Teachers: Ray and Mark Peters
While most people were tucked under blankets watching in disbelief as another round of snowflakes drifted down to the white ground below, Ray and Mark Peters were stepping into boots and snow pants, preparing for a long afternoon outside. Whether it looks like spring or not, the rise in temperature means just one thing to the Peters brothers: Maple syrup. Ever since stumbling across the practice 15 years ago for Ray Peters and 25 years ago for Mark, the two brothers were hooked. “A buddy of mine was going out to Kenny’s to cook down some maple syrup and I told him, ‘I want to learn how to do that,’” said Ray Peters, a longtime Le Sueur resident. Though Kenny Braun now leaves the heavy lifting to younger bucks like the Ray and Mark, he still offers the forest of sugar maples surrounding his home, just outside of Le Sueur, for sap tapping. Now entering prime time for sapping and tapping, Ray and Mark are beginning a time-intensive, two-week process which they hope leaves them with lots of bottles of silky-brown sweetness.
Step One: Tapping the trees In order to extract the sap from the maple trees, the Peters brothers drill a hole into the trunk of the tree and stick a hollow metal rod in its place. They then hook large plastic buckets on the rods, which run parallel to the ground, and wait for the sap to drip out and into the bucket. To protect the sap that collects in the buckets, and avoid more work down the road, the brothers cover each bucket with plastic after hanging them on the trees. “We had to come up with something to keep all of the rain and snow from getting in there and mixing with the sap,” said Ray Peters. “So this is the best way we could come up with.” While the brothers can sit back and wait for the trees to do their thing, collecting the sap is much less leisurely.
Step Two: Collecting the sap With more than 70 buckets on sugar maples spread throughout Braun’s property, collecting the sap is no small task. “We come out here every day to empty the buckets,” said Ray Peters. The Peterses pull 10-gallon metal containers in a mini trailer hooked up to an all-terrain vehicle and weave slowly through the forest, dumping each bucket, re-covering it with the plastic bag and hooking it back on the tree. Once all the buckets have been emptied for the day, they bring their containers of clear, sugary sap back into town for cooking.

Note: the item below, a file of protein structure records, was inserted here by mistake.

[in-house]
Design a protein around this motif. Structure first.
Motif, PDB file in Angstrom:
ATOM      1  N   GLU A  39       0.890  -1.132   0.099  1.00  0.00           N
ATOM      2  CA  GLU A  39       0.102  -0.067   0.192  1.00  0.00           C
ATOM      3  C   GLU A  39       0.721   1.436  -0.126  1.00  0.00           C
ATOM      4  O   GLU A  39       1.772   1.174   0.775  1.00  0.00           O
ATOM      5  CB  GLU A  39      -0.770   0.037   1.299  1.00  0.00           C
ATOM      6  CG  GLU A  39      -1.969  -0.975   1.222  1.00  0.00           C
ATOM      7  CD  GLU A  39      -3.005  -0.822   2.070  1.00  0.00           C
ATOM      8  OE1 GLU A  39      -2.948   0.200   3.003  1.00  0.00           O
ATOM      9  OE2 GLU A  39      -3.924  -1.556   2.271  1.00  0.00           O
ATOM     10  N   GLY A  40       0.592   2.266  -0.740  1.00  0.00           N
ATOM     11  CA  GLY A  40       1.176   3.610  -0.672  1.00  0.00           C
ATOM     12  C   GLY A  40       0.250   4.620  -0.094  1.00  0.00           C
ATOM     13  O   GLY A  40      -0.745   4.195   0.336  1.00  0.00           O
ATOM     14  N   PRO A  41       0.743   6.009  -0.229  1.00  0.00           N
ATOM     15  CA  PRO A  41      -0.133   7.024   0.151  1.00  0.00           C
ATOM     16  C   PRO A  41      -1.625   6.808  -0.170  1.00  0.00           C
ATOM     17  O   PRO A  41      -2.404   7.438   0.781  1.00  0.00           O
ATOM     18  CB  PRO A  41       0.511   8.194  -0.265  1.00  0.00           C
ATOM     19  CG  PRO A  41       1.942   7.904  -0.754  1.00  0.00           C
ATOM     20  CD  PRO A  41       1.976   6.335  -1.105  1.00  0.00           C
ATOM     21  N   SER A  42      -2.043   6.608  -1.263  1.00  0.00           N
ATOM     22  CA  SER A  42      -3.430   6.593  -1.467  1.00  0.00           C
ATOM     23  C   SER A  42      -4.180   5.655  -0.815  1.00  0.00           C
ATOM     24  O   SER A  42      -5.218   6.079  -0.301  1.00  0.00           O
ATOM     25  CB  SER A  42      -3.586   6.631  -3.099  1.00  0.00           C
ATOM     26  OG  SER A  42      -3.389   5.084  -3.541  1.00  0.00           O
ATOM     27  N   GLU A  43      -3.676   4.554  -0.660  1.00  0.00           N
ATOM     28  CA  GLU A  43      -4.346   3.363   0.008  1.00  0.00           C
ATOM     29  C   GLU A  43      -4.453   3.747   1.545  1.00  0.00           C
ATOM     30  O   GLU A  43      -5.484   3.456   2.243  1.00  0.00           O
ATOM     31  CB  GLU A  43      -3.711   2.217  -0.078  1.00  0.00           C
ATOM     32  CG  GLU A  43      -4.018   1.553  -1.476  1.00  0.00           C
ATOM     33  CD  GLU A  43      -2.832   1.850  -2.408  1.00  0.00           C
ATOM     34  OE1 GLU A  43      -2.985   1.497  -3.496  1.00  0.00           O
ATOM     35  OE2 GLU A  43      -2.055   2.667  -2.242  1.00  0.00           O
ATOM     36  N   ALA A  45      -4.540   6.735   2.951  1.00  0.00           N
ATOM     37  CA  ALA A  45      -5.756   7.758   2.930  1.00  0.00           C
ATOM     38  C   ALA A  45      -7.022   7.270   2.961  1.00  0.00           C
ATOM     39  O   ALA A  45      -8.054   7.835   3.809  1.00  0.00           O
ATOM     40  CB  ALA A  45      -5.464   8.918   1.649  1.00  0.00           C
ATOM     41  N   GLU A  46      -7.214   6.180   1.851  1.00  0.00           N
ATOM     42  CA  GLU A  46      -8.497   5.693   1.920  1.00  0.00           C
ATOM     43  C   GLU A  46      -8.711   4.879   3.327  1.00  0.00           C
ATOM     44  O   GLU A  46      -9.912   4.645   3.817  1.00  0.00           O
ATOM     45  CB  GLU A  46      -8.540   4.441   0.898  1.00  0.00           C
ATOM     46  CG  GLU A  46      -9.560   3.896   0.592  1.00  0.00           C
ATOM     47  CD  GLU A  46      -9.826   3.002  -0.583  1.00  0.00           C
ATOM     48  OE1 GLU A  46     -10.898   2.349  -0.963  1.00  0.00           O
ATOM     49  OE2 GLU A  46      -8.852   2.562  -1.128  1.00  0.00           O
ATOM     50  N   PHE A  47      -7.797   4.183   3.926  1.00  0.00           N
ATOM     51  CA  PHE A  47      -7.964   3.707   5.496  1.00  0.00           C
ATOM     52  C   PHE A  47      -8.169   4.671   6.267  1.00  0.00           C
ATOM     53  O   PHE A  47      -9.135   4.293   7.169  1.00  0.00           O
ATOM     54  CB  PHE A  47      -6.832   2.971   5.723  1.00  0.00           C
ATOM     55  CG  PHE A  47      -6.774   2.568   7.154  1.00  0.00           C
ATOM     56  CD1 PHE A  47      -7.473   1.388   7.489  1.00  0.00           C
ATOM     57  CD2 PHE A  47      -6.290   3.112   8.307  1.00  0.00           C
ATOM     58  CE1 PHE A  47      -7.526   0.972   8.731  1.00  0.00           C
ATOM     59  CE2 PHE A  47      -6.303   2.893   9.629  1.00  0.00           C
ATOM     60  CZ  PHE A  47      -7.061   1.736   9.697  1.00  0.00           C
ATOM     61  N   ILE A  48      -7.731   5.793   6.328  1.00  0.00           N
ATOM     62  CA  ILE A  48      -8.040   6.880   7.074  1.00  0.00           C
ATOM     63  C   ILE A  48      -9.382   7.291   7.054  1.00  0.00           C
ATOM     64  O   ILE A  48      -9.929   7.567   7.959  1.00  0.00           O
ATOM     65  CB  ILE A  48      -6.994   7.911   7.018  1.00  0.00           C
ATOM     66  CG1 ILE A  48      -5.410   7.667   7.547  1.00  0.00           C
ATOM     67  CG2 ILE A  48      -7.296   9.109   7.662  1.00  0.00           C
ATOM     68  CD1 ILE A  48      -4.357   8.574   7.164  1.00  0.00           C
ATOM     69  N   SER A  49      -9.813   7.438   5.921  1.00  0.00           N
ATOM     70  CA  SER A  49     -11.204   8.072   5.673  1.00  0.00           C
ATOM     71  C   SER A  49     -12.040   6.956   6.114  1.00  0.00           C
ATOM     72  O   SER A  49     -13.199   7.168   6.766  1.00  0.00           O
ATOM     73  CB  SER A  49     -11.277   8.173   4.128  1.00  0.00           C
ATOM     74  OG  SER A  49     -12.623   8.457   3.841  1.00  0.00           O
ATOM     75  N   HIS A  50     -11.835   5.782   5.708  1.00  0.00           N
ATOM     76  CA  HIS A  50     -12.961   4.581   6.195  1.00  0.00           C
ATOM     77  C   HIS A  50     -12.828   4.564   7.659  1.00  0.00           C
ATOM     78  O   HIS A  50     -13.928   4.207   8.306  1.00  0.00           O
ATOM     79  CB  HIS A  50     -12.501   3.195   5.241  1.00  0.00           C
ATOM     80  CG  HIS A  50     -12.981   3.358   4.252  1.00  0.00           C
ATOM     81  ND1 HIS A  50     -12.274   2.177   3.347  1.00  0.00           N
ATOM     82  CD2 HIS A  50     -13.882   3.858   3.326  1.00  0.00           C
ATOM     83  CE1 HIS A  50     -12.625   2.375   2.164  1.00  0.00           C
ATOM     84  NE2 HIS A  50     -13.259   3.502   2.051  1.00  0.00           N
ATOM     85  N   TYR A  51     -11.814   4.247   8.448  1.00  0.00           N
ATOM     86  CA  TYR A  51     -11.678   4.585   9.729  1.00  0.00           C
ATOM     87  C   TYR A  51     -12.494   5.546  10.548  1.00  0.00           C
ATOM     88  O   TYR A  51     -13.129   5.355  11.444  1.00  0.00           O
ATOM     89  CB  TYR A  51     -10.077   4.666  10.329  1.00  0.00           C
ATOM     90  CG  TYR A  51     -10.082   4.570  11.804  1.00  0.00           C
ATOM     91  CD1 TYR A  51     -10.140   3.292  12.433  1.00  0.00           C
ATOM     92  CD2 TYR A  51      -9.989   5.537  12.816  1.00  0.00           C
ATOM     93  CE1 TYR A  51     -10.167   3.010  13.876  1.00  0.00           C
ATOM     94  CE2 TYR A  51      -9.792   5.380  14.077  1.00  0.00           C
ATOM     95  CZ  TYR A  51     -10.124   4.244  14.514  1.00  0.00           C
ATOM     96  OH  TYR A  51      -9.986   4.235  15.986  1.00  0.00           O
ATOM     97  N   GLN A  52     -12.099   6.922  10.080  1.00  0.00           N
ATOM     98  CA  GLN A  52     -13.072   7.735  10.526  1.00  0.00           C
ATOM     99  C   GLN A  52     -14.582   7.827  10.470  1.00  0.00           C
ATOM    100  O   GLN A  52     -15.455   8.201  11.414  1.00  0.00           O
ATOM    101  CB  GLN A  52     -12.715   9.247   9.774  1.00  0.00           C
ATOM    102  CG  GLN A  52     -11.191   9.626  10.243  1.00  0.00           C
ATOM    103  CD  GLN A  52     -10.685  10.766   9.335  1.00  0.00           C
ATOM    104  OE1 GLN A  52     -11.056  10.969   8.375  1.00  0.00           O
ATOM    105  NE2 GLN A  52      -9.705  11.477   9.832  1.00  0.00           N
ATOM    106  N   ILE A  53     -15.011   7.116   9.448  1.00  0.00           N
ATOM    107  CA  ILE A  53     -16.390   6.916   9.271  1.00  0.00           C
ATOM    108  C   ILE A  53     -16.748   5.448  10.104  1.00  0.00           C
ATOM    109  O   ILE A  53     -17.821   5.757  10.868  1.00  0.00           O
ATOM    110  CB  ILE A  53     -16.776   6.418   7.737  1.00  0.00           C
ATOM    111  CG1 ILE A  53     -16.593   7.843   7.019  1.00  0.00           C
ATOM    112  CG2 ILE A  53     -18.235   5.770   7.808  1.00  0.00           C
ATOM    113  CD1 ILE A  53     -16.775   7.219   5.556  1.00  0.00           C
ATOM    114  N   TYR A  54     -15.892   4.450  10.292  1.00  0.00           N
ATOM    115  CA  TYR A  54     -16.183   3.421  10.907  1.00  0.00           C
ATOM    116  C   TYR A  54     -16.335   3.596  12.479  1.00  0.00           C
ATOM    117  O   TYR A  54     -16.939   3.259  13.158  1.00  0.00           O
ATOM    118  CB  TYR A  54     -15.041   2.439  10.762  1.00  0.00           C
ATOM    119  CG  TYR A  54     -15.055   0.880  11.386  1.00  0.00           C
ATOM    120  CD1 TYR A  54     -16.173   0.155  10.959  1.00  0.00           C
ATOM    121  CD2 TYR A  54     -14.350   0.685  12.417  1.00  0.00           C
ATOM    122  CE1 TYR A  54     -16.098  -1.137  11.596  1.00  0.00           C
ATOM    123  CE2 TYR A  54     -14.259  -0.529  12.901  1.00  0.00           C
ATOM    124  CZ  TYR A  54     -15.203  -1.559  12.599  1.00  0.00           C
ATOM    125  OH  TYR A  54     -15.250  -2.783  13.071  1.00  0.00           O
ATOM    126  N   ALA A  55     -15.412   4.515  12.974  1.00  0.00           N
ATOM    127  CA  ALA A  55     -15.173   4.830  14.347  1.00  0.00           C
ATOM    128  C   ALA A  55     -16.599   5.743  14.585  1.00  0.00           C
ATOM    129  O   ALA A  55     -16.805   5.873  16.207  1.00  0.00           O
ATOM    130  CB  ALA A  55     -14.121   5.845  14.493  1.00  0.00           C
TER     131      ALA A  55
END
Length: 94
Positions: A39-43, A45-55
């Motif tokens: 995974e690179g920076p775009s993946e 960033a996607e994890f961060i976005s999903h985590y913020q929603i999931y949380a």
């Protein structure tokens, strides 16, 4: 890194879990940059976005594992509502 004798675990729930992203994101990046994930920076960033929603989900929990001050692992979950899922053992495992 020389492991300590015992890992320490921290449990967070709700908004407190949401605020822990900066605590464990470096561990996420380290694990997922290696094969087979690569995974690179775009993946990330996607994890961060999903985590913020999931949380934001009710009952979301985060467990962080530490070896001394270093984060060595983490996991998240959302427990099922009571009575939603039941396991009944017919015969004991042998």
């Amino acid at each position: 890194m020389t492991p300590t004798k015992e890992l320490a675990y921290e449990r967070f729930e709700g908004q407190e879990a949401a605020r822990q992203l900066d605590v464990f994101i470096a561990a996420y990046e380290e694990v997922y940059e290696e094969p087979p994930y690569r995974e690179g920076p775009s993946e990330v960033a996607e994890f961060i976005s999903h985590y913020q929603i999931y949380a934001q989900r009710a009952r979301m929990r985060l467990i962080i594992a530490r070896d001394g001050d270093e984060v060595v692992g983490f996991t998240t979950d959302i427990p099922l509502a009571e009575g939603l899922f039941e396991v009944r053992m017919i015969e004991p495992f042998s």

Step Three: Boiling the sap Around the back side of Ray Peters’ house in Le Sueur is a long steel pan, propped up about three feet above the ground, with a wood fire blazing underneath. In the pan sits a bubbling liquid, steam rising off the surface, bringing images of witches’ cauldrons to mind. When the brothers return with the newly collected sap, they slowly add it to the already brewing liquid. The sap boils at a temperature of 210 degrees Fahrenheit, and when it reaches 220 degrees, it is ready to be drained. The Peterses have come up with a creative way to keep tabs on the status of their brew. “I hooked a meat thermometer up to a temperature gauge and ran it up a wooden stick,” said Ray Peters. “Then when you stick it in the sap, you get a clear temperature reading.” After the sap boils down to a nice syrupy consistency, it’s ready to be filtered.
Step Four: Filtering To get all of the impurities and debris out of the syrup, Ray and Mark Peters pour the sugary mix through their own homemade filtering system. After placing a cloth inside a large kitchen strainer and propping it up between to small boards, the liquid is poured through the filter and collected in a large plastic bowl underneath. Then all that is left to do is bottle it up.
Step Five: Bottling and tasting After the syrup has been filtered, the Peterses pour the liquid into glass bottles to save for their own enjoyment, give to friends and family and sell to the occasional interested customer. Delicious over pancakes, French toast, or in spoonfuls right out of the bottle; Ray enjoys using the maple syrup to create his own sweet barbeque sauce for the summer months.
Though this five-step process may seem simple enough, the enormity of the task becomes clearer when considering how much sap is needed for a little syrup. “It takes about 65 gallons of sap to make one gallon of syrup,” Ray Peters said, laughing. “It’s a lot of work for a little sweetness.” Now that the sap is finally flowing, Ray and Mark will be busy, but at least not for long. “We’ll have a cook-off on Sunday and then this week we’ll probably collect another 100 to 200 gallons, have one more cook-off and then that will probably be it,” said Mark Peters. Then they will no doubt kick up their feet, grab a jar of golden-brown syrup and enjoy a little sweetness. Well, at least until it’s time to go hunt for wild mushrooms, that is.